“This working windmill is the only inner city windmill in the UK, producing award winning spelt and wheat flour. Paired with the George Green Museum and Science Centre the site provides a fun and free day out for the whole family.”
From the South of the city the sails of the mill can be seen rotating (when the wind blows) up on the top of the hill. The last few months I have been really getting into my bread making and so now I have starting to look around for places to get some good flour. I had heard about Greens Windmill and seen it many times as I drove into the city, then I heard that they actually sell the flour that they produce at the centre so this last weekend we headed over to check the place out.
In the Science Centre gift shop and museum they had a small section with a shelf for bags of flour, as you can see they had already sold quite a bit, as that shelf was starting to look a bit sparse. I don’t know how much they produce, I suppose that depends on the wind. I had a chat to the miller and he told me that it takes about an hour for the whole milling process to get the flour on an average day. They sell a small range including White Flour, Wholemeal Flour, White Spelt Flour, Wholemeal Spelt Flour, Rye Flour, Oatmeal and Midlings. We really wanted some Spelt flour but they had sold out that day so instead I got a 1.5kg bag of organic stoneground white flour to try for £2.25 which I though was not a bad price considering its provenance.
Even better was that you can go into the Windmill to watch the mill and the miller at work. On the lowest level you see the end product but you really need to climb to the top level to see the whole process. There are four levels and the steps are quite steep so if you don’t like heights you might not be so keen on going all the way to the top.
It is all quite fascinating, as you climb the steps you can look out of the window and see the sails rush by. When I visited it was quite windy and they were passing by every few seconds.
The Grain falls down through gravity into the Mill Stone and you can watch the result on the third level where the gears above turn rotating the central pole and twisting that mill stone to grind the grain.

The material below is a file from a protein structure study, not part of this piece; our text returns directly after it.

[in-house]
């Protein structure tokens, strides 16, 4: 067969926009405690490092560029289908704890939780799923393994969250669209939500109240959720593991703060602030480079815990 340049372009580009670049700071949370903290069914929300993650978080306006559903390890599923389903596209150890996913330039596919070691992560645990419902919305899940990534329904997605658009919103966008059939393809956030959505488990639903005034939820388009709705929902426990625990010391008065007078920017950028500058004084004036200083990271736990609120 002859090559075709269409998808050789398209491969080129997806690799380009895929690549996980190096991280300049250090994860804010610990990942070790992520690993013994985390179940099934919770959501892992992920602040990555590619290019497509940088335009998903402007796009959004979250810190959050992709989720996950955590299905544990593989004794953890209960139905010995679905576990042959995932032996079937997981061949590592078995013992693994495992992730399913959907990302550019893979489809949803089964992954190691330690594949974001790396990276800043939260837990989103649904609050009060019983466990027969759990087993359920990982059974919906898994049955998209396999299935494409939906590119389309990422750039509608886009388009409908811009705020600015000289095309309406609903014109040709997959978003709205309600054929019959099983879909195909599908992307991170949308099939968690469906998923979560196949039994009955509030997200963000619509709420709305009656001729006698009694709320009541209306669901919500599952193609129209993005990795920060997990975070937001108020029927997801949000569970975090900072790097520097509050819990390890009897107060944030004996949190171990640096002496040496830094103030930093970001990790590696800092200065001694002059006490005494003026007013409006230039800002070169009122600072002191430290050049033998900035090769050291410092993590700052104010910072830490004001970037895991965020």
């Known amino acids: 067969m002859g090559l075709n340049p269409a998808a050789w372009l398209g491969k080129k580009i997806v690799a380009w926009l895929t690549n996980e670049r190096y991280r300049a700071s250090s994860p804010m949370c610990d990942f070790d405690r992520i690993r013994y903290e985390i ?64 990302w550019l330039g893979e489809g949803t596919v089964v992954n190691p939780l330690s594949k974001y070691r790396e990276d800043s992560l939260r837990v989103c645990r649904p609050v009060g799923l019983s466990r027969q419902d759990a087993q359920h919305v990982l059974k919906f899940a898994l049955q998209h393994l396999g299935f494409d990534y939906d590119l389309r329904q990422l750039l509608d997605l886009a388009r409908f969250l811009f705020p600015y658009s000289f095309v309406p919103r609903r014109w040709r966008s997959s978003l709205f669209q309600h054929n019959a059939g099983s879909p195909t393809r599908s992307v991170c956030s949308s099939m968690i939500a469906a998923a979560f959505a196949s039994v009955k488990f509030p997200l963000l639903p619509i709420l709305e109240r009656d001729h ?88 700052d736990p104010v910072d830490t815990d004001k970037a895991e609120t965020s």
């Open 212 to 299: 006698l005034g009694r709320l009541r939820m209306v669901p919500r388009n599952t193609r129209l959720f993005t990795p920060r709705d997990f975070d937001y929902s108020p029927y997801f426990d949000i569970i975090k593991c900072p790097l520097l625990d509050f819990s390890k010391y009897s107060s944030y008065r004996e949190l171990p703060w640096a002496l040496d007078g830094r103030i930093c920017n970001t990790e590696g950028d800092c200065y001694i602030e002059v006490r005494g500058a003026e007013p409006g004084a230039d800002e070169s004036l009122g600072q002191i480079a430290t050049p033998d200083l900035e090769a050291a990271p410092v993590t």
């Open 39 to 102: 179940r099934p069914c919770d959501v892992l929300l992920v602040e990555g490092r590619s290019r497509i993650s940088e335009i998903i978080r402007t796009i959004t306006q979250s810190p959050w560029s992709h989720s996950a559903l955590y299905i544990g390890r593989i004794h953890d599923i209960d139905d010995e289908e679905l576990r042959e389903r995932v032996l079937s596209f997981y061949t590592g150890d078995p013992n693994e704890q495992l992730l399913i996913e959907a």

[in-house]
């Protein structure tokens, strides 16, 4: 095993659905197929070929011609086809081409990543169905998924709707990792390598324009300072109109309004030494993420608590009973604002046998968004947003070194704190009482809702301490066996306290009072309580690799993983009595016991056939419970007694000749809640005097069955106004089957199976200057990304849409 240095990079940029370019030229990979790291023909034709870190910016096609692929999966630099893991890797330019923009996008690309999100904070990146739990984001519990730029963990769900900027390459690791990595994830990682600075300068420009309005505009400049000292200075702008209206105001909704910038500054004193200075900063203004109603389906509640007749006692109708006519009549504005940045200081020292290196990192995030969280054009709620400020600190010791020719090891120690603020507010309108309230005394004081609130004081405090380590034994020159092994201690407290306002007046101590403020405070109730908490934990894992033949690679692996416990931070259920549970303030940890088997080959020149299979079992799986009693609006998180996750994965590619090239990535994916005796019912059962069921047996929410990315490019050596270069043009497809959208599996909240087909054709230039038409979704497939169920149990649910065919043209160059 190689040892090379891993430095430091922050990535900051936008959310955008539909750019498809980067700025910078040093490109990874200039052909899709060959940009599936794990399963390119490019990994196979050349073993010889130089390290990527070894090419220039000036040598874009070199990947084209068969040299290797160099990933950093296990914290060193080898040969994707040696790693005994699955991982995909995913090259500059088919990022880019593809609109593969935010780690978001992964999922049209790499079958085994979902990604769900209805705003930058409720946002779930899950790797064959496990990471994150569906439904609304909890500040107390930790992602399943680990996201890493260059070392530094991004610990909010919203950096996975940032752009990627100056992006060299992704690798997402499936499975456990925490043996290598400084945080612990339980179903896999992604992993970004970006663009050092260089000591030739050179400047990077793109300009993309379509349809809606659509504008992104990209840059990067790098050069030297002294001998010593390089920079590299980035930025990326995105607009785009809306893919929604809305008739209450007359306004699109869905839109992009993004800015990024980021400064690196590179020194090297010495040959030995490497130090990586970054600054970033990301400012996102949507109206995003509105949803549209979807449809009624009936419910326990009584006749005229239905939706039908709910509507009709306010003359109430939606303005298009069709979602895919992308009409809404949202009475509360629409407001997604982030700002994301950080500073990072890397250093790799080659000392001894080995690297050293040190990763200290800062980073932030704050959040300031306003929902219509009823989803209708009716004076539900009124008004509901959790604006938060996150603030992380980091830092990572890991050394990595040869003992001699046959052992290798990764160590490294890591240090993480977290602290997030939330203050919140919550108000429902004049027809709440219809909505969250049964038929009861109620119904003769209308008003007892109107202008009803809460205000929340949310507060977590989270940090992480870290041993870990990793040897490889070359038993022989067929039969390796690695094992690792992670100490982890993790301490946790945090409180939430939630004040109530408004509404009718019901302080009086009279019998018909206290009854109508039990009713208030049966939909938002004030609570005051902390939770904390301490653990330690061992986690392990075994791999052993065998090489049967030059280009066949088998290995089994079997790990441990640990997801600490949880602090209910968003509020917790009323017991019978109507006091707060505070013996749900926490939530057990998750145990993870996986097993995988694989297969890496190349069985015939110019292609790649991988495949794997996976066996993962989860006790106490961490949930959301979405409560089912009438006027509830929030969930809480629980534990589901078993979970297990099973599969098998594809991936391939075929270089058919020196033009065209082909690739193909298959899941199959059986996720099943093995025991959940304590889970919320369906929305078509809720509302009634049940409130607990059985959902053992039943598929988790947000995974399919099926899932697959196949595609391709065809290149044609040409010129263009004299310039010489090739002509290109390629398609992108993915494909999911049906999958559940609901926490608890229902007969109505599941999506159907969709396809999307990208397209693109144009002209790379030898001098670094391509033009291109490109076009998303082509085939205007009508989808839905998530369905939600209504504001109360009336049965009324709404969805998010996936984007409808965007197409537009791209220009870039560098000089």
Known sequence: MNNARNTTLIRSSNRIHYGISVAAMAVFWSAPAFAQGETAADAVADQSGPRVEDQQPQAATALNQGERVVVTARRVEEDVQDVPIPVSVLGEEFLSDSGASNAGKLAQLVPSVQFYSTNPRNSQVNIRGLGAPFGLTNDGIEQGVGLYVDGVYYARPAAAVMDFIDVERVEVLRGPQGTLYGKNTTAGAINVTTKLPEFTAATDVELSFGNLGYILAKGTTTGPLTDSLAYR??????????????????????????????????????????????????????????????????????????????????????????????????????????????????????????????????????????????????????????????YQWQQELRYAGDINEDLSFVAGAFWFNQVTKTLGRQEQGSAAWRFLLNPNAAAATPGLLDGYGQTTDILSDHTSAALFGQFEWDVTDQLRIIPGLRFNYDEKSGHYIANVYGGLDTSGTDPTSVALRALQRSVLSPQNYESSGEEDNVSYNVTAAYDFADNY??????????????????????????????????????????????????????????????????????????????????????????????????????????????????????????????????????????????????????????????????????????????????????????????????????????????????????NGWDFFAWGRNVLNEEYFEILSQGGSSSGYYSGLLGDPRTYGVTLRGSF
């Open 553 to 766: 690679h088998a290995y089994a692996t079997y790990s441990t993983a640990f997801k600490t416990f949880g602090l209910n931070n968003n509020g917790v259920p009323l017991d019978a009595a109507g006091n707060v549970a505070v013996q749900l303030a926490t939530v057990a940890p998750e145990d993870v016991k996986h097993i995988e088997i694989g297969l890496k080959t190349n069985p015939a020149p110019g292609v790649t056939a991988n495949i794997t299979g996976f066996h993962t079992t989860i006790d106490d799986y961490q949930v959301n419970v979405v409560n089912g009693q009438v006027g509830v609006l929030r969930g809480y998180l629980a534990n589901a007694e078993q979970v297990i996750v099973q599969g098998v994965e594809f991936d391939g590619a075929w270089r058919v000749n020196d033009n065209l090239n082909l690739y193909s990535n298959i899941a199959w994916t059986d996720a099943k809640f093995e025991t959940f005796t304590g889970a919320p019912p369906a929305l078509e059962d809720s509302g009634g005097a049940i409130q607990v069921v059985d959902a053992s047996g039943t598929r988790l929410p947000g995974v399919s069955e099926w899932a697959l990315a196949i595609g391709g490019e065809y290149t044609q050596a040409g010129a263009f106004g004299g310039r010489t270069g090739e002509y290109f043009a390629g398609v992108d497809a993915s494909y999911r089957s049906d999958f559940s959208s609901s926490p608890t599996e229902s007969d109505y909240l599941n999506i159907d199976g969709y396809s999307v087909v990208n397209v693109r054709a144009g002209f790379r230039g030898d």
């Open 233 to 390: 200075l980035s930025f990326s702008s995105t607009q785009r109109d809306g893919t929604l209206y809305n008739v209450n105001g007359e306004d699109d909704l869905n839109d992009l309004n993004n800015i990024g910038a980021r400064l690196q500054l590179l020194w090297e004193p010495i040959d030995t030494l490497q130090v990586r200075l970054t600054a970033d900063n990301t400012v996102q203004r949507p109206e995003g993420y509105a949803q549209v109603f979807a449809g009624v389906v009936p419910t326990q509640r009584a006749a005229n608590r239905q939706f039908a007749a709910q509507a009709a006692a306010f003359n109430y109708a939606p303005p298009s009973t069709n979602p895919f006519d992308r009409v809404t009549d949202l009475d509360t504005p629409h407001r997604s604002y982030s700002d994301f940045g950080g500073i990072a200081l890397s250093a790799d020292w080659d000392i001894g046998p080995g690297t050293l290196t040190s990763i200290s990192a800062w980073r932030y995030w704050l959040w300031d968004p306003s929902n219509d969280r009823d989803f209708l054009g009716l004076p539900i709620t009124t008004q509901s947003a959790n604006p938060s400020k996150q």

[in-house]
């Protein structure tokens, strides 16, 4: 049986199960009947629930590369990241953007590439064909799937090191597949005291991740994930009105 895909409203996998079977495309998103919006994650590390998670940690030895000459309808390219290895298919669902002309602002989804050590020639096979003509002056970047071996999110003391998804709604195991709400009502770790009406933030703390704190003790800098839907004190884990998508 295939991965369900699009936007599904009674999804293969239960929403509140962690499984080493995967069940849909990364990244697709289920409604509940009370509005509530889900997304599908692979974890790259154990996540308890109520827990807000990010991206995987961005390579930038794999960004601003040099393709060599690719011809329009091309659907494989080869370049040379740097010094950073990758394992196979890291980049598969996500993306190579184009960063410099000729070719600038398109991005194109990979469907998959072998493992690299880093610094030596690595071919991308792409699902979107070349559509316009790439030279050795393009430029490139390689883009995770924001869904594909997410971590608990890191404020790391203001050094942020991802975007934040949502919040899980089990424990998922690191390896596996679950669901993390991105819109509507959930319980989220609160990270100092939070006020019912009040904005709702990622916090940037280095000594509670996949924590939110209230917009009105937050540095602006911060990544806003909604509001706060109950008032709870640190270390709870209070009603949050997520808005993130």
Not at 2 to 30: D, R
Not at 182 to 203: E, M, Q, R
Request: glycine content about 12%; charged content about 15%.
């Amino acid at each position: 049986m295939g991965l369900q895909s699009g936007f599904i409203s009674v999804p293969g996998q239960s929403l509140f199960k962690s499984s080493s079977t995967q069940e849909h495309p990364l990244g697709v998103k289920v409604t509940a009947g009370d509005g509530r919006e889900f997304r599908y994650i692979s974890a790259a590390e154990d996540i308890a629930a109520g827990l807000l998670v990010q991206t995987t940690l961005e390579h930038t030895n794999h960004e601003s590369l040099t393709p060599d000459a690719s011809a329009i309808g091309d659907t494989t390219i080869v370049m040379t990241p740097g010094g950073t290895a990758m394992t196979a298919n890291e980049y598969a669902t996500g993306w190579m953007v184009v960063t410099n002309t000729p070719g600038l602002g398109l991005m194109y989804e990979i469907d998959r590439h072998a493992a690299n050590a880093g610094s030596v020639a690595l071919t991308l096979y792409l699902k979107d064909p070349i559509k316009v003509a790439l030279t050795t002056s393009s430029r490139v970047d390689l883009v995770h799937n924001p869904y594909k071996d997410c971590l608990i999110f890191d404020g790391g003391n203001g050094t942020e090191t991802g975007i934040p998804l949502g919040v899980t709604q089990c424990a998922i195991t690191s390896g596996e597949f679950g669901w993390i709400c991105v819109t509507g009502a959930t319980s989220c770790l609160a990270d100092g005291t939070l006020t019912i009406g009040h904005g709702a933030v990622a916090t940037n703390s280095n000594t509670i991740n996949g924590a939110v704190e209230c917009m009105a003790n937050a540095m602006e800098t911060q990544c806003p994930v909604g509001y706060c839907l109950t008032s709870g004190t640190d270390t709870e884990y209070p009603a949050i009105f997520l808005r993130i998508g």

As the Mill Stone turns the ground grain falls through into a sack below which gets collected every so often by the Miller.
It really is all quite fascinating and brilliant really to be able to see your flour getting made right in front of your eyes. On the ground level there is a hands on display alongside where the Miller is working. Here you can feel the different grains and even touch an example Mill Stone to see how it grinds the grain.
It is free to go into the Mill and it is open Wed – Sun: 10:00 – 16:00. They do have a box for donations and you could also buy some of their flour or get something from their gift shop or café if you could to support them. The Mill is at the Green’s Windmill & Science Centre which is located at Windmill Lane in Sneinton NG2 4QB. You can park at the foot of the slope and then walk up to the Mill. It is about a 15 minutes walk from the Sneinton Market at the foot of Hockley as well.
There are all sorts of food events at the Centre as well. I had a look through their Facebook page and saw that they have Jammy Tart Making, Sweet Pizza Making, and Chocolate Oatmeal Making events listed, so something for the family and for the sweet toothed of us as well then.
I was happy enough with my flour, so mission accomplished and I will be happily baking some bread with that sometime this week